HC Deb 06 April 1909 vol 3 cc917-8

asked Mr. Attorney-General whether his attention has been called to the remarks made by the Recorder of London in summing up to the jury the recent case of Rex v. Stoddart and another; whether he is aware that this case occupied the attention of the Central Criminal Court for 23 days; and whether, having regard to these circumstances, he will consider whether any steps can be taken to somewhat curtail the extreme length of certain Treasury prosecutions?

The ATTORNEY-GENERAL (Sir William Robson)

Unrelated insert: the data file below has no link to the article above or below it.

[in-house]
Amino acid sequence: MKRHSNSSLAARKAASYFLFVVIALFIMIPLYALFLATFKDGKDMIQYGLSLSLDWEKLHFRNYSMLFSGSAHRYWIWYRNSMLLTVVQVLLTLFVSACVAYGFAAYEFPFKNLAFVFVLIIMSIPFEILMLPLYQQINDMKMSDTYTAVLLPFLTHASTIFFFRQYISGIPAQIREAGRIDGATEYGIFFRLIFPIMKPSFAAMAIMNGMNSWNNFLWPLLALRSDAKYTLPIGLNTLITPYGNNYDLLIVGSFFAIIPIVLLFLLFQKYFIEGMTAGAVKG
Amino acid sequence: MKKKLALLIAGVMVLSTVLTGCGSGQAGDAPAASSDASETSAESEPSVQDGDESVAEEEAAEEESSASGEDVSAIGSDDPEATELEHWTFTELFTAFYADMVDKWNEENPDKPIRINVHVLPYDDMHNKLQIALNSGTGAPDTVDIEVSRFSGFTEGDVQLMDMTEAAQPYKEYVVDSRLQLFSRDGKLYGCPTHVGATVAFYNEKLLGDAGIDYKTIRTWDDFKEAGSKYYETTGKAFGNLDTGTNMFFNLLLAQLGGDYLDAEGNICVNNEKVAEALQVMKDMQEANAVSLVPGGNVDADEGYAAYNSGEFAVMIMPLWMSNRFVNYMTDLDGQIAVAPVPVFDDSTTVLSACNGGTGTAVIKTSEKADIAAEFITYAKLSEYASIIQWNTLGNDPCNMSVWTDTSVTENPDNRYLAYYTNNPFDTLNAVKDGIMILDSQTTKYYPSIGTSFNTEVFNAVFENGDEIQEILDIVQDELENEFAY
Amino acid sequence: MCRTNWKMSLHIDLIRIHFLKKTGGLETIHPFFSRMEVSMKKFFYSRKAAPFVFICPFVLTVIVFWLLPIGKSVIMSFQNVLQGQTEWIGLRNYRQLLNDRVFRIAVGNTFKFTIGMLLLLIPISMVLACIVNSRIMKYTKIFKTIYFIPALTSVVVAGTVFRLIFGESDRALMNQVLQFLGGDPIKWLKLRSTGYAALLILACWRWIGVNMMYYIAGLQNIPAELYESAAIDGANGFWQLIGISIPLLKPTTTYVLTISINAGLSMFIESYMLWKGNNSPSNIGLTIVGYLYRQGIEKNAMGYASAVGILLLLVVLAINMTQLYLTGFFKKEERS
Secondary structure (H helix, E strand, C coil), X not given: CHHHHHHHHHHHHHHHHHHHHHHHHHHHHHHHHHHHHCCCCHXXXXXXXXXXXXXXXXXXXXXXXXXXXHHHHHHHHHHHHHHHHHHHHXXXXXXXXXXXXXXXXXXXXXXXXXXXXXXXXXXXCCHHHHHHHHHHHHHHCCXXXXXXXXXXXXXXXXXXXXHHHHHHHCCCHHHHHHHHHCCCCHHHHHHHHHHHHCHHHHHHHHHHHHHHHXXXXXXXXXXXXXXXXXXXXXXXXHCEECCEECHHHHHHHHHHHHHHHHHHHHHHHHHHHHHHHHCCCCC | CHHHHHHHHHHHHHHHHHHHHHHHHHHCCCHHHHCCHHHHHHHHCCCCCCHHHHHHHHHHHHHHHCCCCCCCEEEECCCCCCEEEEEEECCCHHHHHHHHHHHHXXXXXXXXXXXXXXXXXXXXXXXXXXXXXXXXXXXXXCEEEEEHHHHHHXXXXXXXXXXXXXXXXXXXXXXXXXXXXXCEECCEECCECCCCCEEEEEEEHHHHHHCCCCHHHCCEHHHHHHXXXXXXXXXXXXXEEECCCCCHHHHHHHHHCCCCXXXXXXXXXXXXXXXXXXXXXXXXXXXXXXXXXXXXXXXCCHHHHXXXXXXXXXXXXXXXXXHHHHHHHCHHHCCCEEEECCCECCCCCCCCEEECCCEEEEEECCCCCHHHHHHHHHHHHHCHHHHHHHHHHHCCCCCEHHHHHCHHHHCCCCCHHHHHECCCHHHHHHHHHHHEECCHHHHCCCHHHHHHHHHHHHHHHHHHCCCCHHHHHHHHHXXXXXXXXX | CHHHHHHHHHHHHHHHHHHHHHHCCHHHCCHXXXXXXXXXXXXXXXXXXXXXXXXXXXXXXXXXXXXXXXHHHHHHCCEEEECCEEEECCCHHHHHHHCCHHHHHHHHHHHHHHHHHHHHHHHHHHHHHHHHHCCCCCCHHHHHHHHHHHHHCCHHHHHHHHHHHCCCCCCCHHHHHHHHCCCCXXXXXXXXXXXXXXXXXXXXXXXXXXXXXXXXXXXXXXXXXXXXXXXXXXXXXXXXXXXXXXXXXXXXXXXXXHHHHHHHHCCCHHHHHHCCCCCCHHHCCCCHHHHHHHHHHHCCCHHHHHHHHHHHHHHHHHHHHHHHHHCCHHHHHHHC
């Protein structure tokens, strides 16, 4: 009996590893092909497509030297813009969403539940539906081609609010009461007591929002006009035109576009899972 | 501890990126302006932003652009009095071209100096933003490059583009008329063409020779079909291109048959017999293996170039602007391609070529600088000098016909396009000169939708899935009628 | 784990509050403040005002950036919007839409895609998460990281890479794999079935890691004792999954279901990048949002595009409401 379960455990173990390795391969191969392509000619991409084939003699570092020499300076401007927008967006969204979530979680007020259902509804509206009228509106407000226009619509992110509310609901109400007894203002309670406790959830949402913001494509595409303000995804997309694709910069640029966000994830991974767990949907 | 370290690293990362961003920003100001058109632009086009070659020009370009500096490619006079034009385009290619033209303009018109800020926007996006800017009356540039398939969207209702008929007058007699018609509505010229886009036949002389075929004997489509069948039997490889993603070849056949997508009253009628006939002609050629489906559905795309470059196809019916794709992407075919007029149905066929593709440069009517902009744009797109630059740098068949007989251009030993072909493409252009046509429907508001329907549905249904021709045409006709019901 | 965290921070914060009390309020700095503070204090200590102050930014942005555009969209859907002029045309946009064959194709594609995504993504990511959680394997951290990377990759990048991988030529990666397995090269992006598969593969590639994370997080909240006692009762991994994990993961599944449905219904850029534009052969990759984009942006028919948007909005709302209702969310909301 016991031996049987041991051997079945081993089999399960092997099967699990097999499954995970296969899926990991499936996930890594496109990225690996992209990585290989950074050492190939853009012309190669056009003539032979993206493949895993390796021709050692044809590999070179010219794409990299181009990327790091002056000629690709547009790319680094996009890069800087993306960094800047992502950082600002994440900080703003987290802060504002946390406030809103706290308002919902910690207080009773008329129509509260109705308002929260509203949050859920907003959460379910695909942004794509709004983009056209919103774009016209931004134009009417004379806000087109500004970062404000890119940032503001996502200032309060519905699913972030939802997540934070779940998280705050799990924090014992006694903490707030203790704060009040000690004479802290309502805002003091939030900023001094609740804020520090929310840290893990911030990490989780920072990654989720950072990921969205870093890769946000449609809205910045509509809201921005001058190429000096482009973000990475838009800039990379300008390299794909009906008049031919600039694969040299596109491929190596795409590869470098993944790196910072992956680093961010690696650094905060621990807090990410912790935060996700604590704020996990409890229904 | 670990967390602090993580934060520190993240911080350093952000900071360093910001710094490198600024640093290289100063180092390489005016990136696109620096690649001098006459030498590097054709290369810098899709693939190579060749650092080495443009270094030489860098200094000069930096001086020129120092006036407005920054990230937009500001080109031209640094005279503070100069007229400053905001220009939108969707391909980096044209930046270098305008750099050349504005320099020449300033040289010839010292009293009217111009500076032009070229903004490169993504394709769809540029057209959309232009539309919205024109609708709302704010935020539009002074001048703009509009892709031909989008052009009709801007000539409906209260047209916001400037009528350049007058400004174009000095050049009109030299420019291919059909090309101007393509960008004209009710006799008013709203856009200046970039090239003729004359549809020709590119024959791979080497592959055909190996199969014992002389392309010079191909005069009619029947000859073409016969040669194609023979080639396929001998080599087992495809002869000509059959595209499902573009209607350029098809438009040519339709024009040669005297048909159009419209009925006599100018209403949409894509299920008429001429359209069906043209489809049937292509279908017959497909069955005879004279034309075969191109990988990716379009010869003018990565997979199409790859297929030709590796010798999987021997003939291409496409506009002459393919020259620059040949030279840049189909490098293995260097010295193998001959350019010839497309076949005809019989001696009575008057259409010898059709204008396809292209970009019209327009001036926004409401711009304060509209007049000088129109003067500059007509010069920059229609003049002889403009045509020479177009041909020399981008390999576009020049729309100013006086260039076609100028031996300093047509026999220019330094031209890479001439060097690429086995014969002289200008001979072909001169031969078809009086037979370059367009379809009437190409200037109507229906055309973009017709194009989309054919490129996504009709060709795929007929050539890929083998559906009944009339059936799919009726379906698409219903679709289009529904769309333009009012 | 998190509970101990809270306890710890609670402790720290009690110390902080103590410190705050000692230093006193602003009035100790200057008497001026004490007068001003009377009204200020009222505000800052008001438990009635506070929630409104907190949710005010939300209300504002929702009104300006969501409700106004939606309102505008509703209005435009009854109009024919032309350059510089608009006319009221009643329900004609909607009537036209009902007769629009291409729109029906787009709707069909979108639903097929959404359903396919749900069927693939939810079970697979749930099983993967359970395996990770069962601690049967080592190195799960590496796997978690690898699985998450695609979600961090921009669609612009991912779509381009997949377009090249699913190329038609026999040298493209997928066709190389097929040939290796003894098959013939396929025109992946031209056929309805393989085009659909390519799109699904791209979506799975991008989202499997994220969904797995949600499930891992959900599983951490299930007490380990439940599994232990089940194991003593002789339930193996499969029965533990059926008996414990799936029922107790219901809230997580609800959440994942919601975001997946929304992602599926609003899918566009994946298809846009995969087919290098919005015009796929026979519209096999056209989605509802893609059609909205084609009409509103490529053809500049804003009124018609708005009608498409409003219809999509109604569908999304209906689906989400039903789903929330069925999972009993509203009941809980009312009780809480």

It was not a Treasury prosecution in the wide sense in which that term is sometimes used. It was conducted by the City Solicitor. As Attorney-General I have no direct knowledge, but on inquiry I find that of the 23 days which the question states the case occupied only eight days were devoted to the case for the prosecution, so that one-third of the whole time, including the time given to cross-examination, was occupied by the prosecution. I may say the length of time occupied sometimes by prosecutions is owing to the extreme particularity re- quired by our law in such cases. I am not disposed to shorten the proceedings by-relaxing or diminishing that severity of proof in cases in which liberty and character are at stake.